grass-powered organism

“Kneeling Cow” by Paul Gauguin (1848–1903) French Post-Impressionist Artist
“Kneeling Cow” by Paul Gauguin

So this is what commodity corn can do to a cow: industrialize the miracle of nature that is a ruminant, taking this sunlight- and prairie grass-powered organism and turning it into the last thing we need: another fossil fuel machine. This one, however, is able to suffer.
~ Michael Pollan
(The Omnivore’s Dilemma: A Natural History of Four Meals)

a wooden way

"The Little Owl" by Albrecht Dürer (1471-1528) German Artist
“The Little Owl” by Albrecht Dürer

After great pain, a formal feeling comes –
The Nerves sit ceremonious, like Tombs –
The stiff Heart questions ‘was it He, that bore,’
And ‘Yesterday, or Centuries before’?

The Feet, mechanical, go round –
A Wooden way
Of Ground, or Air, or Ought –
Regardless grown,
A Quartz contentment, like a stone –

This is the Hour of Lead –
Remembered, if outlived,
As Freezing persons, recollect the Snow –
First – Chill – then Stupor – then the letting go –

~ Emily Dickinson
(The Poems of Emily Dickinson, #372)

The Passion of the Italian Baroque

Amherst Early Music Festival program

Back on July 14, Tim won some tickets from a radio station to one of the performances of the Amherst Early Music Festival, The Passion of the Italian Baroque, at Evans Concert Hall at Connecticut College. (The same place we saw Vusi Mahlasela perform solo in 2005!) This was an opportunity not to be missed, so we brought my cushion and propped me up in a seat so we could see  and listen to the delightful Amherst Baroque Soloists play.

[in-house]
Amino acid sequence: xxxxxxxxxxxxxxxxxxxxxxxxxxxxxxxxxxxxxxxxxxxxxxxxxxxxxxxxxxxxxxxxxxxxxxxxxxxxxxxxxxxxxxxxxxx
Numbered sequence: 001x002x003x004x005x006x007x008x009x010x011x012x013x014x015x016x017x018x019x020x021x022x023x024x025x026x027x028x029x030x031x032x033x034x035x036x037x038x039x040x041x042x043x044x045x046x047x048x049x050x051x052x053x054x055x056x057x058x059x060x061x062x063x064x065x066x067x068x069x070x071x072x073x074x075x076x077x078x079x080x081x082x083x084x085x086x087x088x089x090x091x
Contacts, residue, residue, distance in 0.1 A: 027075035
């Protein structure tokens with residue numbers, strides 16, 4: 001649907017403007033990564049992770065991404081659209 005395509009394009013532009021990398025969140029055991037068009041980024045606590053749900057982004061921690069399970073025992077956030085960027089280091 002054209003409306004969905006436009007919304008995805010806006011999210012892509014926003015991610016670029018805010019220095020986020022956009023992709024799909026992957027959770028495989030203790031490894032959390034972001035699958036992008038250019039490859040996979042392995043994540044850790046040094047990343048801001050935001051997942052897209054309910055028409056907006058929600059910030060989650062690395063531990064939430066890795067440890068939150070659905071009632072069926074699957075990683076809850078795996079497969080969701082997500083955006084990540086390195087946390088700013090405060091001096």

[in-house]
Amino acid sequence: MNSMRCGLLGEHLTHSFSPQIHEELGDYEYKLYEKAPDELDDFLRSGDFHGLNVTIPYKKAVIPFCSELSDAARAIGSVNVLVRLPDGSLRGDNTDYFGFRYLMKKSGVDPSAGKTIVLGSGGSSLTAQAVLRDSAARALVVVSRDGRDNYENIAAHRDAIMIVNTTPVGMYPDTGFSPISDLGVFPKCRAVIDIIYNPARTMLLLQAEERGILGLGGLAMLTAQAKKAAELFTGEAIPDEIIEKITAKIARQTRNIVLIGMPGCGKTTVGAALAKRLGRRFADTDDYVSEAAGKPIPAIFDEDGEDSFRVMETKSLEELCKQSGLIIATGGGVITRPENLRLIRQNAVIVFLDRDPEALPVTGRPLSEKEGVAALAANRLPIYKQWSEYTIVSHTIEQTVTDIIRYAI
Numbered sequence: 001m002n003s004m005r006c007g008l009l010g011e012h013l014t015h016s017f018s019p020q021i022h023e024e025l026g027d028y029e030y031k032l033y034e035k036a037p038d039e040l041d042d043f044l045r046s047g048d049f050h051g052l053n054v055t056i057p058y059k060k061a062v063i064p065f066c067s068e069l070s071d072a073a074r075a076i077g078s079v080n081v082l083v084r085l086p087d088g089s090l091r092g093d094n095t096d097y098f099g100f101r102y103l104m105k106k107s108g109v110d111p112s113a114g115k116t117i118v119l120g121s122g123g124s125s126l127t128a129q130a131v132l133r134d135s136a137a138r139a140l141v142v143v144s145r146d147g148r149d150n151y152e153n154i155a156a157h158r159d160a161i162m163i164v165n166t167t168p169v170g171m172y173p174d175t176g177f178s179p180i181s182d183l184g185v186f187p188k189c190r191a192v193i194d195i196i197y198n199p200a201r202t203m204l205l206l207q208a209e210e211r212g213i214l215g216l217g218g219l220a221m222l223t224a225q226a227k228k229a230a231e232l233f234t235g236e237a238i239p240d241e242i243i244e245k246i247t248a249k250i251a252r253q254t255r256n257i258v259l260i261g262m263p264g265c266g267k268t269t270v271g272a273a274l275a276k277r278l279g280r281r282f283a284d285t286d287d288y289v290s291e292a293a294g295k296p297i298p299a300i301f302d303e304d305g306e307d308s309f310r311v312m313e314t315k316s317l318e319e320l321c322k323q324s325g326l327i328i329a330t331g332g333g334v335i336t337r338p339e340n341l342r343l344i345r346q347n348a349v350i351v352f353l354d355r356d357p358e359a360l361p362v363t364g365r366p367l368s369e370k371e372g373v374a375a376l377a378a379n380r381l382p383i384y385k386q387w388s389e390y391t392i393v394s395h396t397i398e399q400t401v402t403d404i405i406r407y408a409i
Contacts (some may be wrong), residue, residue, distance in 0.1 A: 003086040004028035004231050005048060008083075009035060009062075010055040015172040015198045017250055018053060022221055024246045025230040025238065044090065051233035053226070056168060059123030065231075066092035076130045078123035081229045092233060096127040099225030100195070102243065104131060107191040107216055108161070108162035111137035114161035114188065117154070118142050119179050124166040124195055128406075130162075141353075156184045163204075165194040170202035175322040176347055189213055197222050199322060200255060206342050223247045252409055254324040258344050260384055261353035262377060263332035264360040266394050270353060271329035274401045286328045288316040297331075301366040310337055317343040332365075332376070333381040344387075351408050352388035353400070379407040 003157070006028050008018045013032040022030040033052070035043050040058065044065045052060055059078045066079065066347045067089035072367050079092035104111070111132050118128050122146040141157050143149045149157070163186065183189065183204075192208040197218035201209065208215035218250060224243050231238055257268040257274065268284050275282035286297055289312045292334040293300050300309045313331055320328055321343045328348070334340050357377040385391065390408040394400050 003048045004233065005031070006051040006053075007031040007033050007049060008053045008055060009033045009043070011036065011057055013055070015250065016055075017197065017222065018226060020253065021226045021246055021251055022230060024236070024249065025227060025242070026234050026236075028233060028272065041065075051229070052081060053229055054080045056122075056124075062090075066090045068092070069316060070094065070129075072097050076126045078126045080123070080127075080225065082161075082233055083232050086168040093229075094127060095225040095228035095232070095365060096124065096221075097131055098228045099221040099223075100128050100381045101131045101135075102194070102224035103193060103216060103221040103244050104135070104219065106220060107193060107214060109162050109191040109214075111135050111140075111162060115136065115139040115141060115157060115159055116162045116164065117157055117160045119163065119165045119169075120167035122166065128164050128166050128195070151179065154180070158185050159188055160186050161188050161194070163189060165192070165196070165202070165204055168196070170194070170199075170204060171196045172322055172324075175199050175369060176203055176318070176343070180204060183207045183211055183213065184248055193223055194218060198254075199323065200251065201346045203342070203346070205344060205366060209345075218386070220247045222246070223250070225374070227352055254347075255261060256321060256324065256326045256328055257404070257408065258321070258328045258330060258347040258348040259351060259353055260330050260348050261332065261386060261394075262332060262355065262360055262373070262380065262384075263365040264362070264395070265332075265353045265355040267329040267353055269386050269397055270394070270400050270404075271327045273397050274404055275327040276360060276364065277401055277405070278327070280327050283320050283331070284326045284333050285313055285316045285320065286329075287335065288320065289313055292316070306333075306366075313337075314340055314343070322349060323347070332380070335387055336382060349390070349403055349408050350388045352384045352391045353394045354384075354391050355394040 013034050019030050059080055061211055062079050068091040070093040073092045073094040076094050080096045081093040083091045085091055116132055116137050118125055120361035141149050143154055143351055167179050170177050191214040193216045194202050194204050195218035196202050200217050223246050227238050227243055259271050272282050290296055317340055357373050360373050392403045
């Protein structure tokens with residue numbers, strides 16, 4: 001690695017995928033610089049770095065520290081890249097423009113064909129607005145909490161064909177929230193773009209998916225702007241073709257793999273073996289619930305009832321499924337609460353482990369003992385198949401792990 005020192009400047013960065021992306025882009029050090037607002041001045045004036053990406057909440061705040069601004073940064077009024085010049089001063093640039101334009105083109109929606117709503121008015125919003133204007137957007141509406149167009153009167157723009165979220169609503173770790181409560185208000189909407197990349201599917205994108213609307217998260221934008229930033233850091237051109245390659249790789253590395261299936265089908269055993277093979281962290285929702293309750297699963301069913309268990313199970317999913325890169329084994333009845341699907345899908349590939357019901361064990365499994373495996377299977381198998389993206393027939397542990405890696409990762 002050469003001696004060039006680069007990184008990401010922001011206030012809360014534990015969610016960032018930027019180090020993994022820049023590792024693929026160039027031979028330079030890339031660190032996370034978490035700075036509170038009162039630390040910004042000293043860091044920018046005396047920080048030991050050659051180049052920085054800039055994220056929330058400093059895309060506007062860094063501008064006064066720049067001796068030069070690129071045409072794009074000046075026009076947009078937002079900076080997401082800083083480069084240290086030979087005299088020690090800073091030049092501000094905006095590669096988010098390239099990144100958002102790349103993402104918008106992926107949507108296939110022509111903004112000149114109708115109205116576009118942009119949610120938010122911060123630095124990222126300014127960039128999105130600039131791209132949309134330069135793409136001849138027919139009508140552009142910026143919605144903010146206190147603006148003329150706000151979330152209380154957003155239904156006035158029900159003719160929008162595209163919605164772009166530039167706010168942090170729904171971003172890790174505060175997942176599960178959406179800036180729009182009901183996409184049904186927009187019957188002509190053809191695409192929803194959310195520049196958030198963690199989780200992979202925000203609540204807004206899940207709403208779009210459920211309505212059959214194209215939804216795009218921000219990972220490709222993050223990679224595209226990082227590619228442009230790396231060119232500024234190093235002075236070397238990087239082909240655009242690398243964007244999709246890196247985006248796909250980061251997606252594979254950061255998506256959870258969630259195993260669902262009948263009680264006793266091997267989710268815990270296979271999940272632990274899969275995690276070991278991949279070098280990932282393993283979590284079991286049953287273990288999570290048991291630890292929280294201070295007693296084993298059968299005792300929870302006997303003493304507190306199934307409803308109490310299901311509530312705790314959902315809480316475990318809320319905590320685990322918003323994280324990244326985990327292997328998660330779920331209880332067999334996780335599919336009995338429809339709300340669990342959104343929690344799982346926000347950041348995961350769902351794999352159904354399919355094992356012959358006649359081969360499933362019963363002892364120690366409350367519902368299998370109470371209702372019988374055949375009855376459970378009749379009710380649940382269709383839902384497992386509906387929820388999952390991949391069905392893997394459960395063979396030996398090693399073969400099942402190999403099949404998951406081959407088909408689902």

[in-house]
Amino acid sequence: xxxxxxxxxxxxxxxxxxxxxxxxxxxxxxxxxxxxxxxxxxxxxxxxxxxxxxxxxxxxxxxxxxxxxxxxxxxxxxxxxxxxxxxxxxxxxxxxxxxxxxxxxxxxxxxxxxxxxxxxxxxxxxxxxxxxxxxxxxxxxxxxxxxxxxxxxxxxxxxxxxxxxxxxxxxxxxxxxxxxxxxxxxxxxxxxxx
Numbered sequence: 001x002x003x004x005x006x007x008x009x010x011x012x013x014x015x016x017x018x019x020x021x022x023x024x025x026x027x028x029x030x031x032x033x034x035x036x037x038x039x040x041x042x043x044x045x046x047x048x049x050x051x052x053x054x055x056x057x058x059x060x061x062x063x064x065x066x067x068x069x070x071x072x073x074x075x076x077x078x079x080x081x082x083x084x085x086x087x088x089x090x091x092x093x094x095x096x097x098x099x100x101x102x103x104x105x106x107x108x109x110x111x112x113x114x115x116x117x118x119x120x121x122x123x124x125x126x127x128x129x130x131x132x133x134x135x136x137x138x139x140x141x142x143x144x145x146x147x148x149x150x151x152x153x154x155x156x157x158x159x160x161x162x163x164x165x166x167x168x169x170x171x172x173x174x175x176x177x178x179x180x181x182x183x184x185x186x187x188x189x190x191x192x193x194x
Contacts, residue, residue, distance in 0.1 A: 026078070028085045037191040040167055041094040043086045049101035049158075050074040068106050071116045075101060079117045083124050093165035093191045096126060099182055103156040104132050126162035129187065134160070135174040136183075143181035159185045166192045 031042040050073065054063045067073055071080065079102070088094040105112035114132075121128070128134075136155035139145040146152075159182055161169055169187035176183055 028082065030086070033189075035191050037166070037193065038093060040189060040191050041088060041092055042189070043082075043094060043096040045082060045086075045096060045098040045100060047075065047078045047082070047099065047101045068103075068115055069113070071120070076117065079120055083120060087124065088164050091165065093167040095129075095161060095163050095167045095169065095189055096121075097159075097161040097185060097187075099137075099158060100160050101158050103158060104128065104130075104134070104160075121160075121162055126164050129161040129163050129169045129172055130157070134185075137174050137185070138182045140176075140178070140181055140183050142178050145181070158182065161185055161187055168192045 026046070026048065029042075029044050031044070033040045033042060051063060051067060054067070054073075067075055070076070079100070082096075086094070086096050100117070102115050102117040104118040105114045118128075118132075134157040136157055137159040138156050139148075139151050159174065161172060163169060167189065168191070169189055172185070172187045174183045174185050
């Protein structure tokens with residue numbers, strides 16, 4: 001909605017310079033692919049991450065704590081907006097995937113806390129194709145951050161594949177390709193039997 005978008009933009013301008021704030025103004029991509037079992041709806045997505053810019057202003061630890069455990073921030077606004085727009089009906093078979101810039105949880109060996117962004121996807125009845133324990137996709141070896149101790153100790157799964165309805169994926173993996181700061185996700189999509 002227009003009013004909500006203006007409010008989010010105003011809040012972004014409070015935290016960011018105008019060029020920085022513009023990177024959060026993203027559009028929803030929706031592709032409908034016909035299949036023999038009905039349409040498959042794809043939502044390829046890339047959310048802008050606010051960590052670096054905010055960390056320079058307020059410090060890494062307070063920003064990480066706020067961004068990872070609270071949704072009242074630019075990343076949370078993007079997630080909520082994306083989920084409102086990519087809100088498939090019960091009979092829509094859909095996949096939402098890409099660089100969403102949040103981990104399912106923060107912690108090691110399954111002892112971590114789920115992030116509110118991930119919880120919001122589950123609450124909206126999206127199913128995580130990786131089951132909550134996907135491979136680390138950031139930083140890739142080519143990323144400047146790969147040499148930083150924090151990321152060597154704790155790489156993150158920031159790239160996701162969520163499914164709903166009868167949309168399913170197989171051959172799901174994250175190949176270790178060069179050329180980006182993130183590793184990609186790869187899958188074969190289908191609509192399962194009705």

The Amherst Early Music Festival is the most comprehensive early music workshop in the world, with classes for amateurs and pre-professionals, a music and instrument exhibition, and a professional concert series. We offer programs of classes at all levels in Medieval, Renaissance, and Baroque music and dance taught by an international faculty of well-known performers and teachers.
~ Marilyn Boenau, Executive Director

It was a beautiful concert with a soprano, viol, violin, violone, recorder, flute, two oboes, cello, and three harpsichords. Tim’s favorite piece was the opening number, Chamber Concerto in D Major, by Antonio Vivaldi, performed with the flute, oboe, violin, cello and harpsichord. I was especially enchanted with Canzona La Pighetta, by Tarquinio Merula, a composer previously unknown to me. It was played with the recorder, viol and harpsichord and it was mesmerizing!

The finale, which seemed have all the musicians on stage at once, was Venti turbini from Rinaldo by Handel. The exquisite soprano, Julianne Baird, sang a lovely refrain which was translated for us in the program:

Winds, storms, lend
Your wings to my feet
Heavens, Gods, take up arms
Against the one who gives me pain!